Truckin’ good food rolling into Fort Smith

Truckin’ good food rolling into Fort Smith
Denise Yuhas’ Street Treats food truck is now awaiting its eye-catching paint job in BC.Photo: Apollo Food Trucks.

A truckload of tasty treats will be hitting the streets of Fort Smith this summer when local food aficionado Denise Yuhas’ “Street Treats” food truck rolls into town.

Already famed around town for her ultimate thirst quencher “the lemonator” and “those darn li’l donuts,” Yuhas is upping the status of her streetfood venture by moving out of her little red trailer kitchen and into an 18-foot commercial restaurant on wheels starting this spring.

Under the slogan of “Truckin’ Good Food,” Yuhas is ready to serve everything from homemade ice cream to pulled pork, seafood and tacos over the summer, debuting the enterprise with a grand opening at this year’s Fort Smith trade show in May.

“Our goal is to do good food at a reasonable price,” Yuhas said. “Who knows, maybe we’ll come up with the ultimate dish and up the exposure up here.”

Yuhas and her partner Dwayne Woodward spent a chunk of last fall driving the rig – a former Fedex truck bought secondhand in Edmonton – down to Surrey, BC where they had world-renowned mobile meal masters Apollo Food Trucks transform the vehicle into a “beautiful stainless steel playground” capable of cooking just about anything.

The truck’s “18-foot stainless steel playground for cooking” will be capable of serving up just about anything, from fried chicken to tacos to ice cream.

Photo: Apollo Food Trucks

The truck’s “18-foot stainless steel playground for cooking” will be capable of serving up just about anything, from fried chicken to tacos to ice cream.

Since then, Yuhas has been attending food trade shows and talking to chefs and other food truck operators in order to glean ideas for her menu and marketing, while the truck is now in Richmond, BC receiving the final eye-catching artwork that will make it impossible to miss.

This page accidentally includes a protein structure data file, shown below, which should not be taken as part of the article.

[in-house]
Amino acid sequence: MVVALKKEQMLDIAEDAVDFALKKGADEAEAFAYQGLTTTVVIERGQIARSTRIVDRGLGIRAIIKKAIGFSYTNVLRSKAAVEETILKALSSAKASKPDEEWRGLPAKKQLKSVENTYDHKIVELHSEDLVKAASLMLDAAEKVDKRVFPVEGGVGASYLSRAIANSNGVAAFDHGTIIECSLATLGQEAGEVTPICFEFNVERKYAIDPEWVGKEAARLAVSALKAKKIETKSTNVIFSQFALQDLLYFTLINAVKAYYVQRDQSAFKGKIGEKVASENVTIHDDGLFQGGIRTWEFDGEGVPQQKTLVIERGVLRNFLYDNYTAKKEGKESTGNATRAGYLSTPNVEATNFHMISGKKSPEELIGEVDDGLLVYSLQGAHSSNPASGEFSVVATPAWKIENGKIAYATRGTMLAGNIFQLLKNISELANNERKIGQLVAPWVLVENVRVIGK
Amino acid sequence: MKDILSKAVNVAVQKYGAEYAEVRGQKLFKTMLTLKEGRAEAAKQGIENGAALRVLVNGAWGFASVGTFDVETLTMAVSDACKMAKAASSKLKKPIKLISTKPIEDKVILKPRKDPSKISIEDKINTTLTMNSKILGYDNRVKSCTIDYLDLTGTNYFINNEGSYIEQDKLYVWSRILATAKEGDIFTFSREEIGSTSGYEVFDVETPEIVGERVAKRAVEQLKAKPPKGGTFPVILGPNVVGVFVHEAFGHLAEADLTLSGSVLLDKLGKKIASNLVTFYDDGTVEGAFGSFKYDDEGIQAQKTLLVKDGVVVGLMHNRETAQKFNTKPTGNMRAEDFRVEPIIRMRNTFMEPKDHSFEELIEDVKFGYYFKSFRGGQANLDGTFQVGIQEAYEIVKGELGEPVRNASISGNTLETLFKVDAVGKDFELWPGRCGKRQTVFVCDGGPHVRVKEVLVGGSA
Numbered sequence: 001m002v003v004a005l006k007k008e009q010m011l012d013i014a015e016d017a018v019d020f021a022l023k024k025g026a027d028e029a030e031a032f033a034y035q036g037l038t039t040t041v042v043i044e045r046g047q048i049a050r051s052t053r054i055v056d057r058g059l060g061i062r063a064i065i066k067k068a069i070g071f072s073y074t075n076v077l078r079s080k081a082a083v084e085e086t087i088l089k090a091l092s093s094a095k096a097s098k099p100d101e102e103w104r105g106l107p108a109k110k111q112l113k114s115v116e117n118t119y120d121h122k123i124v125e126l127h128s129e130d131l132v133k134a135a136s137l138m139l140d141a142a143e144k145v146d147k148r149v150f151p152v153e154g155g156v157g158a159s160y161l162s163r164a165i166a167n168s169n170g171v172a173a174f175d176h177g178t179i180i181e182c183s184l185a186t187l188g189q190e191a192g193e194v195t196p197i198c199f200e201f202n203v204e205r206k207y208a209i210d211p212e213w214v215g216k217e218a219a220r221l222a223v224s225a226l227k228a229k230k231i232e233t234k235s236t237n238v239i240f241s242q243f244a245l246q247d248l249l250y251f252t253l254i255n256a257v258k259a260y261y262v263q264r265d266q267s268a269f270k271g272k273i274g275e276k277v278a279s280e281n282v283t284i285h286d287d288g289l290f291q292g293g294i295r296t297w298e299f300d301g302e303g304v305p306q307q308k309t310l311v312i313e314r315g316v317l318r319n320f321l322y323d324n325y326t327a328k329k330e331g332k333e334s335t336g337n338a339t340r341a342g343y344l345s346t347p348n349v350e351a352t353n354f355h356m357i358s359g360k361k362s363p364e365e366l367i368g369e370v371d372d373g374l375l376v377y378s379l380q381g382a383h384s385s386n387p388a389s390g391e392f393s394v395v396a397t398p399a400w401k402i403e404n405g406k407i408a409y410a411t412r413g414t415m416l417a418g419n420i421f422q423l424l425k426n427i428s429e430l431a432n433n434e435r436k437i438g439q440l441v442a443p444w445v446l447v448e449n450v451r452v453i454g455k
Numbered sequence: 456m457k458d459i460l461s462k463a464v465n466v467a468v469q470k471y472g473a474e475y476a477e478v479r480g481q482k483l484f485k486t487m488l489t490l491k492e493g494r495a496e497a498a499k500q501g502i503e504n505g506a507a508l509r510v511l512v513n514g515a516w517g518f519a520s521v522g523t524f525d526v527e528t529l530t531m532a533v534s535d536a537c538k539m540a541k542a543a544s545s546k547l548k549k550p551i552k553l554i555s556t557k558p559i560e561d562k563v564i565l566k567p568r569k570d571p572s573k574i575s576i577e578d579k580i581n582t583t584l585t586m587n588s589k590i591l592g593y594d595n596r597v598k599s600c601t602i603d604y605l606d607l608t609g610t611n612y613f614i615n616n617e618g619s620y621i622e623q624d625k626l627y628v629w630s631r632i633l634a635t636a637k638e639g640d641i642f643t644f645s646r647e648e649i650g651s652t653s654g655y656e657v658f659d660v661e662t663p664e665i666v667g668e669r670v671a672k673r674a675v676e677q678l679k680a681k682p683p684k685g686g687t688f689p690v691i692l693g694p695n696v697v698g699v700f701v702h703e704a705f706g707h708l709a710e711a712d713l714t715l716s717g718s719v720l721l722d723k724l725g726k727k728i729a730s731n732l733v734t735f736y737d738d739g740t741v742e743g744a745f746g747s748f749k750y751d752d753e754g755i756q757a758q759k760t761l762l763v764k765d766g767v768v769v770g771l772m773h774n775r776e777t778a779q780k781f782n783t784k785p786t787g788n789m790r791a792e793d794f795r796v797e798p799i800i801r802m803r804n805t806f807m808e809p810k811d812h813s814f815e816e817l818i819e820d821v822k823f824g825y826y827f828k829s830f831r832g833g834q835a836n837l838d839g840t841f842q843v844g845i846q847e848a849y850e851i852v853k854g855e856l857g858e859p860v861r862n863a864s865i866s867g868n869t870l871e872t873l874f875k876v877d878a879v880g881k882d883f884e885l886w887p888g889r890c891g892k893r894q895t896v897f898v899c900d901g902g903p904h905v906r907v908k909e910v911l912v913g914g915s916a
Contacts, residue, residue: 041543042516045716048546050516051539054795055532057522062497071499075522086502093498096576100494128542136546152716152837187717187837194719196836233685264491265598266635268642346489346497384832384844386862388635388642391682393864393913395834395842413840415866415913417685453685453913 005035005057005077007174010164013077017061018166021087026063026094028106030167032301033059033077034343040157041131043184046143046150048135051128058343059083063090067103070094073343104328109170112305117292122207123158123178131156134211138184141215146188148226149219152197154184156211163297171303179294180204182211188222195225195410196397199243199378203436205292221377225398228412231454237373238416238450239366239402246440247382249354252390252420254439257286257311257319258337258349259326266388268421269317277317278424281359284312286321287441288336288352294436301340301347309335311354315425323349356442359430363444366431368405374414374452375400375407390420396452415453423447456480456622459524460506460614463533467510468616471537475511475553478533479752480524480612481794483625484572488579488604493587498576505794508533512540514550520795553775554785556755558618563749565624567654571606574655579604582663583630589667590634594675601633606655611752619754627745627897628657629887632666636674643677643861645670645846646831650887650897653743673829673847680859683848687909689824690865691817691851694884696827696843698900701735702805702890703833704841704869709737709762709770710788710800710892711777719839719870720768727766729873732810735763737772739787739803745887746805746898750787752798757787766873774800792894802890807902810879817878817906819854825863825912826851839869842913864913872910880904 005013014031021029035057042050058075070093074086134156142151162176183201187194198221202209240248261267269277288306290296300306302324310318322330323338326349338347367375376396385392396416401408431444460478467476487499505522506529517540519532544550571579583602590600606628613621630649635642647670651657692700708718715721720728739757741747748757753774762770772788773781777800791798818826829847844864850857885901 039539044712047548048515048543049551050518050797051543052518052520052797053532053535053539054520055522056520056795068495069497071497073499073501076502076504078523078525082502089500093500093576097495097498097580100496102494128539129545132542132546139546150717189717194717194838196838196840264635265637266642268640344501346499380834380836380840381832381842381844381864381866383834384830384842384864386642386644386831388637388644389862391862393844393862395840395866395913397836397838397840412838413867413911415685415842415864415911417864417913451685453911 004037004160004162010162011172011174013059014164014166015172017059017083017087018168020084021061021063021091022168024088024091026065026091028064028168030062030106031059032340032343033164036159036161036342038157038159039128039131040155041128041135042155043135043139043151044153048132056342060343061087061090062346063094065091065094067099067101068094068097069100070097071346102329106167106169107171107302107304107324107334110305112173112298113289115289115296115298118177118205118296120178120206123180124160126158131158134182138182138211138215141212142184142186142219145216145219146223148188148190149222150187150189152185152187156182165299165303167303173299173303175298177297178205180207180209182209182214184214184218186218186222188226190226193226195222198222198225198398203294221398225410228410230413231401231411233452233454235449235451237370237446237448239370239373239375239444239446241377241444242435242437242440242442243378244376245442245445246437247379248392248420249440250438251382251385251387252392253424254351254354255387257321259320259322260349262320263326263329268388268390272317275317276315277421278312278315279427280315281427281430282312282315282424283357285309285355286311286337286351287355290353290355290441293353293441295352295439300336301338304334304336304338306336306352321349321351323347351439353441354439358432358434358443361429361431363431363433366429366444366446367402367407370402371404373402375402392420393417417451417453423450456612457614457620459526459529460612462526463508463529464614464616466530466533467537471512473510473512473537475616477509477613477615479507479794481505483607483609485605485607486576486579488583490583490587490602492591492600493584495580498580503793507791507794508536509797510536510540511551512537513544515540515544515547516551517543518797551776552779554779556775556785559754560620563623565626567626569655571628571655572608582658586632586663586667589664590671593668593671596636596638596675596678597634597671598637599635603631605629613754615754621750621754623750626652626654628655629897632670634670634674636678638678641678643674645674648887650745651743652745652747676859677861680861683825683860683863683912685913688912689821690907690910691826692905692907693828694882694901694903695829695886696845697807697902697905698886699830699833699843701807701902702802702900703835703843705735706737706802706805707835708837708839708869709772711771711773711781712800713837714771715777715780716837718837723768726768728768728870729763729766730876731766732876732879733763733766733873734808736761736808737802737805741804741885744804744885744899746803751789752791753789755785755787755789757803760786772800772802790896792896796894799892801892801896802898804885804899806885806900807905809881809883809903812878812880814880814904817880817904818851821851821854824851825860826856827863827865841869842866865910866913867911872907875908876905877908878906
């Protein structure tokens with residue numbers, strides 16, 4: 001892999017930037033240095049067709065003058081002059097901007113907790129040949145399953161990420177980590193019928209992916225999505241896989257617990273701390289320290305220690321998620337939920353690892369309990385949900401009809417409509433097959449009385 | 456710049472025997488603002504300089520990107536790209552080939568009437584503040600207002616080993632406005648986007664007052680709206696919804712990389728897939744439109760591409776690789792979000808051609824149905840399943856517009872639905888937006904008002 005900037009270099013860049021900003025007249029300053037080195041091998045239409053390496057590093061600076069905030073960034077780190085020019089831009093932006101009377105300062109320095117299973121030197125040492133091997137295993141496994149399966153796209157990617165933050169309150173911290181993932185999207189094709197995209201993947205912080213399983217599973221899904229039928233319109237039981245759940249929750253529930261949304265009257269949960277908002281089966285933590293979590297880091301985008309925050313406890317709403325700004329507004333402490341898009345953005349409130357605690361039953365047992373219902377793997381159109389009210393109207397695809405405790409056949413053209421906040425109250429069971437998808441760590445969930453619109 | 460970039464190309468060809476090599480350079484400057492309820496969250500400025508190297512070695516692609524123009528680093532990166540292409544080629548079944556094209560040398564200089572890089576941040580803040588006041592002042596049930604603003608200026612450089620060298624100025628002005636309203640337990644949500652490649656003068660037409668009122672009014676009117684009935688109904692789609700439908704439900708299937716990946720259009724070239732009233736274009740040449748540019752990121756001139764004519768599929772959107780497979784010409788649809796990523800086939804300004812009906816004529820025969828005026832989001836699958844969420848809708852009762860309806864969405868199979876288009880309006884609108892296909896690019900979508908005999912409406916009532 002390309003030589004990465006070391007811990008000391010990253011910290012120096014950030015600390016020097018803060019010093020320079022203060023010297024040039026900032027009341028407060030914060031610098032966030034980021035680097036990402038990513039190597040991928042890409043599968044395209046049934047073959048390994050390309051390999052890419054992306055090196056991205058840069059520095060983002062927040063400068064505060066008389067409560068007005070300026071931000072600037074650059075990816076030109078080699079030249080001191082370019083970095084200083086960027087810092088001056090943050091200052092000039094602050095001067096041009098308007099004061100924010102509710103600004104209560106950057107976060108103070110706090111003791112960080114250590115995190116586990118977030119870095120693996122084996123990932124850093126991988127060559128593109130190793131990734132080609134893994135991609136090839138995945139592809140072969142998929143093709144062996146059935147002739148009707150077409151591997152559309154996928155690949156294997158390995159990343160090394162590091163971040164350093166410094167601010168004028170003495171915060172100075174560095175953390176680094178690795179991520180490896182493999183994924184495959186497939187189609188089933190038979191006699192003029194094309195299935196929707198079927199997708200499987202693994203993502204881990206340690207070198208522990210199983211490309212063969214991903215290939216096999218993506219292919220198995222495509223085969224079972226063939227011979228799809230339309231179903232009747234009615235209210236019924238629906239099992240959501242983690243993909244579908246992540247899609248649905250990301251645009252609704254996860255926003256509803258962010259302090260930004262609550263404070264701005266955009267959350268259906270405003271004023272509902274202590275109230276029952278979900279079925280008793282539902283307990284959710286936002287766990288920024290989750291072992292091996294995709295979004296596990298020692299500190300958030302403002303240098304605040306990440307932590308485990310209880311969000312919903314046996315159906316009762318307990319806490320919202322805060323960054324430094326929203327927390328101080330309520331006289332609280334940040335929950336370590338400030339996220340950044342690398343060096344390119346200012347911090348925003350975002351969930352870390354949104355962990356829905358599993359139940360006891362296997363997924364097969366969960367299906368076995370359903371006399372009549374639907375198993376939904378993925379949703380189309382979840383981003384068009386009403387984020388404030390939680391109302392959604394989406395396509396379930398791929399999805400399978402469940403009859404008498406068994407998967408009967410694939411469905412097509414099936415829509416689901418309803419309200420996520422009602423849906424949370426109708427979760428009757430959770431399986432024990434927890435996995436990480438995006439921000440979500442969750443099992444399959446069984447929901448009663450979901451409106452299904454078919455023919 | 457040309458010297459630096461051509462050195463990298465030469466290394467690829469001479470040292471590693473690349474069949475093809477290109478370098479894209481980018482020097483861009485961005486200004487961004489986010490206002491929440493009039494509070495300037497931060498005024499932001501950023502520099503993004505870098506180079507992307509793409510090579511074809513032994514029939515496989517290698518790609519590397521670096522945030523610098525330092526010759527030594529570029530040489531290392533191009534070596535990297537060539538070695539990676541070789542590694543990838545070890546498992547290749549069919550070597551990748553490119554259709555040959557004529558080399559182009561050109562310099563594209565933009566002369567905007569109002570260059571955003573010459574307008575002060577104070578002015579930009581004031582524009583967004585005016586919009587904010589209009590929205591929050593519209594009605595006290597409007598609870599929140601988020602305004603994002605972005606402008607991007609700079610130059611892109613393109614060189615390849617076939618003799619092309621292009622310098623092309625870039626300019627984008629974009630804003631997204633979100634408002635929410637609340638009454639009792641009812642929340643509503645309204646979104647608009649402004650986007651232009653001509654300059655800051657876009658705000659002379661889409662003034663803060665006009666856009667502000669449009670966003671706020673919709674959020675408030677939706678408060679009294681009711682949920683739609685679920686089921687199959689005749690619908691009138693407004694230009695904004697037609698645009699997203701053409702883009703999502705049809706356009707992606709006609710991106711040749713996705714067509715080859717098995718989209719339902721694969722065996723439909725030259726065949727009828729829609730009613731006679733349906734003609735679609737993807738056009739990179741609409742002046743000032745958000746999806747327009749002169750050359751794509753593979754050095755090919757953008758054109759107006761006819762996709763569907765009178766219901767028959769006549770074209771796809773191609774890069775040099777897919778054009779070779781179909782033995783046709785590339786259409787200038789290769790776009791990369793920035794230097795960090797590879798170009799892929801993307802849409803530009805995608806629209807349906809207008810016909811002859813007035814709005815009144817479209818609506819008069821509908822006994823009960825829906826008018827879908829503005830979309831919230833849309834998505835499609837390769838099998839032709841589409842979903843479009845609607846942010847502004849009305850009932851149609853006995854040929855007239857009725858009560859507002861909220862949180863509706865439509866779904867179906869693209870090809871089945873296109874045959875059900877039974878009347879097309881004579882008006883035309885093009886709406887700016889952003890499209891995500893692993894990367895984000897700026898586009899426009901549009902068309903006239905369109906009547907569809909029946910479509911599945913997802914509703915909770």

Apart from regular servings around the week, Yuhas wants to see the truck hit up meetings, special events, birthday parties and other sorts of gatherings, hoping it will “fill the gap” that sometimes exists around town at different times of the year.

“The idea is to complement what we already have in Fort Smith, not compete with what anyone else is doing,” she said. “The way I see it is the more choices people have, the better service everyone’s going to get.”

Yuhas said she’s excited to provide work for a few interested people in town who want to get more hands-on experience in the restaurant business, and potentially provide a platform for the community’s myriad of “closet chefs” to come aboard as guest cooks.

She also plans to continue using the business to support local charitable organizations like the Society for People with Disabilities, the Seniors’ Society and the Circle of Friends, and potentially hit the road to events in other communities.

With the lineups Yuhas has experienced running her trailer at celebrations like Canada Day and Aboriginal Day in years previous, she has few doubts about the success of the business. But money aside, she said she’s just looking forward to this new adventure, backed by the support of her friends and family.

“We made a serious investment in this, and it’s because I think the people of Fort Smith are worth it,” she said.

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